Backup, backup, backup…

The reality: If you don’t have a backup of your images, you no longer have your images.

The problem: How to backup in the field?

The solution?I mentioned before about the importance of backing up data which is very easy back at base, but what about whilst out in the field? Data (image) loss might not be considered that much of a risk if you’re just out for the day, but what about if you’re away for a few days or weeks? Or shooting an important event like somebody’s wedding? In these situations, the protection and security of your images is of paramount importance. e.g. how would you cope with a damaged, lost or stolen card?

Ive been looking around for some time at portable mass storage that I can use for backup purposes but haven’t found anything I’d really want at the price I want to spend. Dropping a few hundred pounds for a large and portable media device didn’t appeal. True, the featureset looked impressive: large screen that displays RAW images, even from the 5DmkII and lots of other goodies too like audio record and playback, video playback etc. In all honesty though I don’t think I’d really use it for that. No. Its just far too complicated and to me at least is a gadget that wants to solve world hunger.

The negatives with this type of device,  in my opinion are:

  • Too big, bulky and heavy. I don’t want something I have to lug around. I want something much smaller and lighter.
  • Needs to run off standard batteries – I don’t want a proprietary battery to power the device. If it fails in the field through a flat battery that I cannot charge I no longer have a backup system and have no way to recover from this.
  • Does the screen really display the RAW image data? Or does it just show the embedded, preview JPG from the RAW file? This isn’t clear to me and if it is just the embedded JPG it is an expensive way to look at the same image I can see on the camera.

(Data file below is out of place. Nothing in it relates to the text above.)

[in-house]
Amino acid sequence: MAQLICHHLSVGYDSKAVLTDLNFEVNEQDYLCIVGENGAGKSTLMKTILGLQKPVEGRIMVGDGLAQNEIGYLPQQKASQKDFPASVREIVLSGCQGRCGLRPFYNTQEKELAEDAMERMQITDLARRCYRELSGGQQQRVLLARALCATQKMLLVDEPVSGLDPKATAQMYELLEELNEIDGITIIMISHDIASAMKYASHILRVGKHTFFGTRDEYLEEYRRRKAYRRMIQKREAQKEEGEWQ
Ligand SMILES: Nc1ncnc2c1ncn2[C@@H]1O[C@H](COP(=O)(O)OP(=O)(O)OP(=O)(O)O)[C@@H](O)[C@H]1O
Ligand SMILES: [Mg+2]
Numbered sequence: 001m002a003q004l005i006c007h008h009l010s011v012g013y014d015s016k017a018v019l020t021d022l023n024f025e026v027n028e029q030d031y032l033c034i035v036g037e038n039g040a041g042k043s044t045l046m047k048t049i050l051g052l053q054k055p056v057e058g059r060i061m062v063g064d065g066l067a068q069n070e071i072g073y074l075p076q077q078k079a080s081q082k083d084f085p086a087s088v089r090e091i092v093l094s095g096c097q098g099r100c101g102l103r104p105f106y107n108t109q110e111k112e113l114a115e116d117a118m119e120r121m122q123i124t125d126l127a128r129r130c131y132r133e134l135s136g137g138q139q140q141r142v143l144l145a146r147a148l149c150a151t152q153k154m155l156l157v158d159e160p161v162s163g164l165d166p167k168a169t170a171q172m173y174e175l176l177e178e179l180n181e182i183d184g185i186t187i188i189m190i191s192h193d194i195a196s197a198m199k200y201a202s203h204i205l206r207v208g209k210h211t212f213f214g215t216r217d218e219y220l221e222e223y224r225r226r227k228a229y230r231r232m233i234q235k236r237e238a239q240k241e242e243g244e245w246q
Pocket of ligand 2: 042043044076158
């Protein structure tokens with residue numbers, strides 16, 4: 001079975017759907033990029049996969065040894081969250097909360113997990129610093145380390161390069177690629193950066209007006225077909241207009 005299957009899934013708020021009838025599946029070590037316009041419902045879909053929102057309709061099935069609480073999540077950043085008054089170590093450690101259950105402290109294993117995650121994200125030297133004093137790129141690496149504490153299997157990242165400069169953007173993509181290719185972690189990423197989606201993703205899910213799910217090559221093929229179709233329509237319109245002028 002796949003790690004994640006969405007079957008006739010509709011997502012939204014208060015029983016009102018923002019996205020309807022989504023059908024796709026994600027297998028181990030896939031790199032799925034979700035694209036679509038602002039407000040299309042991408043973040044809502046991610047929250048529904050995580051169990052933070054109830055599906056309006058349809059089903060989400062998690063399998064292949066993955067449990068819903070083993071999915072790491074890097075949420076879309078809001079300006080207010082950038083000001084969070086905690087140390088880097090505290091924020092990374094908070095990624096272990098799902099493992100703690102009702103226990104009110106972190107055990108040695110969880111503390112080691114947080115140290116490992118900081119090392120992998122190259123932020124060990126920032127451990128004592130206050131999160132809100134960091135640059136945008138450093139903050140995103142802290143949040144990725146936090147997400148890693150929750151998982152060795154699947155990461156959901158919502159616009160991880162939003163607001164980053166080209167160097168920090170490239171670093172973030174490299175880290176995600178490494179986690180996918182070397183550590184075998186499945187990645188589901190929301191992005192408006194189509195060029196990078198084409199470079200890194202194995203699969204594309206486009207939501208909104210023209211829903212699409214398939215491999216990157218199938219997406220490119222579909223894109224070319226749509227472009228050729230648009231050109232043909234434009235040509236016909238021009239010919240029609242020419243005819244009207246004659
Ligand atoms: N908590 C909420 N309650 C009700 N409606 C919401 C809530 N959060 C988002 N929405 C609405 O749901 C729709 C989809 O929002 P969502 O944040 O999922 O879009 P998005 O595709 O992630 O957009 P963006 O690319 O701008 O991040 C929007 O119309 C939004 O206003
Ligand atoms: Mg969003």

• There is just too much to go wrong.

Don’t get me wrong here – from what I’ve seen of these devices they look really good and I know several people that think they’re great. I just don’t think it does what I want it to do.

So, what am I looking for in a device???

  • Small and lightweight. I want something I can carry on me without distraction
  • I want it to run on standard batteries. If the set I’m using gets depleted I can easily source replacements in the field
  • Simple to operate. I just want to plug the media card in and forget about it whilst it merrily and silently copies the data over
  • Replaceable hard disk.
  • Cheap. I want something for around £50, not nearly £500. For a £50 price point and a small size I can carry two around. At that price they’re almost disposable.

The solution…

Today I ordered a couple of  Thecus YES N1050 Nano drives: http://www.thecus.com/products_over.php?cid=25&pid=7&set_language=english and a couple of 160GB hard disks to go in them. They run off AA batteries and are simple to operate with just a single button to start the copy process. They’re also veyr small too, not miuch bigger than a 2.5″ disk. The down side is they require a USB card reader but I think I can live with that

Hopefully they’ll be here tomorroy (Friday) in time for me to try them in anger at Saturday’s photoshoot. If all goes well I’ll take them to the Big Cat shoot at the end of the month.

Read Part 2 of this post here: http://theLightMatters.com/?p=360

Comments

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2 thoughts on “Backup, backup, backup…

  1. […] gavin on Feb.28, 2010, under Uncategorized Following on fom my previous posts here and here about in-field backup and in particular the solution I have opted for, today I had the […]

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